On 30 July 2020, the Pas de Calais prefecture carried out another eviction in the Dunes industrial zone.

In Calais, since the visit of Gérald Darmanin, forced, brutal and unnecessary evictions of camps are multiplying to the detriment of the fundamental rights of displaced people.

Once again, on the morning of 30 July 2020, at 6.42am, a large-scale eviction was scheduled. Eleven CRS vans, reinforced by several mobile gendarmerie vans, intervened to evict the people who had chosen Dubrule Wood, a modest plot of land wedged between several fenced off areas of the Dunes industrial zone, as their place of survival. Nearly 800 people had settled there since the series of dismantling operations that began on 10 July. Among the residents, some forty women, some of whom were pregnant, and a dozen young children, were indiscriminately affected by this forced eviction and its inevitable consequences.

On their arrival, the several dozen agents mobilised found only a deserted wood. The reason for this is that the people, scarred by the violence of the 10 July eviction, chose to move in advance (auto-eviction) in order to protect their personal belongings, their blankets and their tents, to avoid violence and also to avoid being forced to move to centres that will not provide a lasting solution to their situation. Disorientated and resigned to the increasing precariousness of their living conditions, settled on the sides of the roads on pieces of pavement, people expressed their distress to the associations: where to go? Where will the police let us live?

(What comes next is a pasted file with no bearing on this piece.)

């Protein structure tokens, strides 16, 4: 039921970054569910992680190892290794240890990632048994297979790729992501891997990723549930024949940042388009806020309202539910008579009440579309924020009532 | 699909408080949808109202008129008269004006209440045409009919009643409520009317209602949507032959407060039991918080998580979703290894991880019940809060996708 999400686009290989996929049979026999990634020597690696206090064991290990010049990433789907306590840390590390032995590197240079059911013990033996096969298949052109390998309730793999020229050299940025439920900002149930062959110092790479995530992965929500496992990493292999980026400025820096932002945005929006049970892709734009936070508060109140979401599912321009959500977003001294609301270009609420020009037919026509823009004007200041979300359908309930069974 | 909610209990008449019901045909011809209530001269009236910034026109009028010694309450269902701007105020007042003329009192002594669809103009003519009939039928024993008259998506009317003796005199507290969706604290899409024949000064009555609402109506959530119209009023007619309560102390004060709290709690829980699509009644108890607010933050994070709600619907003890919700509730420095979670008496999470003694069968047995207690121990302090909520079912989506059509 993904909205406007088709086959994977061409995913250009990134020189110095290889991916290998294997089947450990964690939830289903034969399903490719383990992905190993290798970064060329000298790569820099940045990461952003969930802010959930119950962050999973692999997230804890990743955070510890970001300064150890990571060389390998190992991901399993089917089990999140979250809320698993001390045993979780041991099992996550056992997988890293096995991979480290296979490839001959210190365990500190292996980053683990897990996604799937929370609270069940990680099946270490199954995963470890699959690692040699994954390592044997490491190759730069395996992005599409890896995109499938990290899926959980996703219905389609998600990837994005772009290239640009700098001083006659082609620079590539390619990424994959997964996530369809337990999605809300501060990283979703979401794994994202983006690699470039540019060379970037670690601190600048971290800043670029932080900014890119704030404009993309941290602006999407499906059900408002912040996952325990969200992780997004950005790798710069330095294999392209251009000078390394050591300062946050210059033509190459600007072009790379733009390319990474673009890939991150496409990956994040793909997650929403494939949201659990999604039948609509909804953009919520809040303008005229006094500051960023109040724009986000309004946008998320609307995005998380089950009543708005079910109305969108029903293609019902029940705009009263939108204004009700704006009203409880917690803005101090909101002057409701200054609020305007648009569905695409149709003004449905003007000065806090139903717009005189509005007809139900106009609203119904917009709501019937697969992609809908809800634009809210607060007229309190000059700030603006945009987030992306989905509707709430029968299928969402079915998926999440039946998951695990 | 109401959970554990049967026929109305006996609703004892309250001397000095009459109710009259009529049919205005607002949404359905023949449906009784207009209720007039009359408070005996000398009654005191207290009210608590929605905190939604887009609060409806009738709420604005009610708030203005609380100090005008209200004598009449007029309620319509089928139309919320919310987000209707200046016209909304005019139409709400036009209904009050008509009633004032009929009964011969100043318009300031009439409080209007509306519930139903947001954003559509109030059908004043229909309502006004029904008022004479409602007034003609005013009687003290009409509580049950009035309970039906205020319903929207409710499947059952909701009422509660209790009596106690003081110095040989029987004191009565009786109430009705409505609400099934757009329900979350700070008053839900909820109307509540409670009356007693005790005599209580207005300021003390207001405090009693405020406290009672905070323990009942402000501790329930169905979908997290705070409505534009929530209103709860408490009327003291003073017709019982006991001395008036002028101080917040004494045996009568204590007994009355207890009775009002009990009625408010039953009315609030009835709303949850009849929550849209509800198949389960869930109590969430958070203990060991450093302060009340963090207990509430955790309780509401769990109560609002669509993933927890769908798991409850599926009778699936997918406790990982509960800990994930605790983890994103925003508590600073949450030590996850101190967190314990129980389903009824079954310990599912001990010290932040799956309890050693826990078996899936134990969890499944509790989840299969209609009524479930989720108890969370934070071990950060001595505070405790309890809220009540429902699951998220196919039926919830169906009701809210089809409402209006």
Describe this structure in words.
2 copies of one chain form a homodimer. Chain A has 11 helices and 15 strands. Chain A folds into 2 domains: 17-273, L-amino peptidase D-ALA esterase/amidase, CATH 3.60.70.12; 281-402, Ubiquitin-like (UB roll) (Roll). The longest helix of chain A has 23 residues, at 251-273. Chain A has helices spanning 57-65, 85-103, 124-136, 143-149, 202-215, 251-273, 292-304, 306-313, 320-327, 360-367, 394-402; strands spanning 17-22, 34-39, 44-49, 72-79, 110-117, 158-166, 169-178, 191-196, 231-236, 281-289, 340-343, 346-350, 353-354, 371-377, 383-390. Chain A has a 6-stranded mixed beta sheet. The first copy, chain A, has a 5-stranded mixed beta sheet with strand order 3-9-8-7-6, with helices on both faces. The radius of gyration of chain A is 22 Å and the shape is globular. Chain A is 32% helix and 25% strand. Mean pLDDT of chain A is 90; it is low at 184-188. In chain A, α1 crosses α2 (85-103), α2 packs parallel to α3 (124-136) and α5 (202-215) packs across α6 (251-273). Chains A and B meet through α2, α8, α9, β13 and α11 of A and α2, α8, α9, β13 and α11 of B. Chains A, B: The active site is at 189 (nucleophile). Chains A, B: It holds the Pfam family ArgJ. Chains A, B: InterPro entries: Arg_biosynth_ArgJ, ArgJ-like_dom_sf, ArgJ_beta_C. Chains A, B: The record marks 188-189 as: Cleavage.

The acceleration of the policies of forced evictions and harassment since 10 July in anticipation of the visit of the Minister of the Interior on 12 July are concomitant with the iniquitous, inhumane and dangerous restriction of vital services such as access to water, food, hygiene and care. Yet this policy is as inhumane as it is unnecessary. Since 10 July, the number of people in exile in Calais has continued to rise. Despite the relentless evictions and dispersals, people are coming back and will come back. In the absence of permanent solutions, Calais will remain an unavoidable point of transit towards Great Britain, the only hope for the future for many, abandoned by the public authorities.

Signatory Organisations

L’Auberge Des Migrants
La Cabane Juridique
Collective Aid
Human Rights Observers
Refugee Rights Europe
Refugee Youth Service
Secours Catholique du Pas-de-Calais
Salam Nord/Pas-de-Calais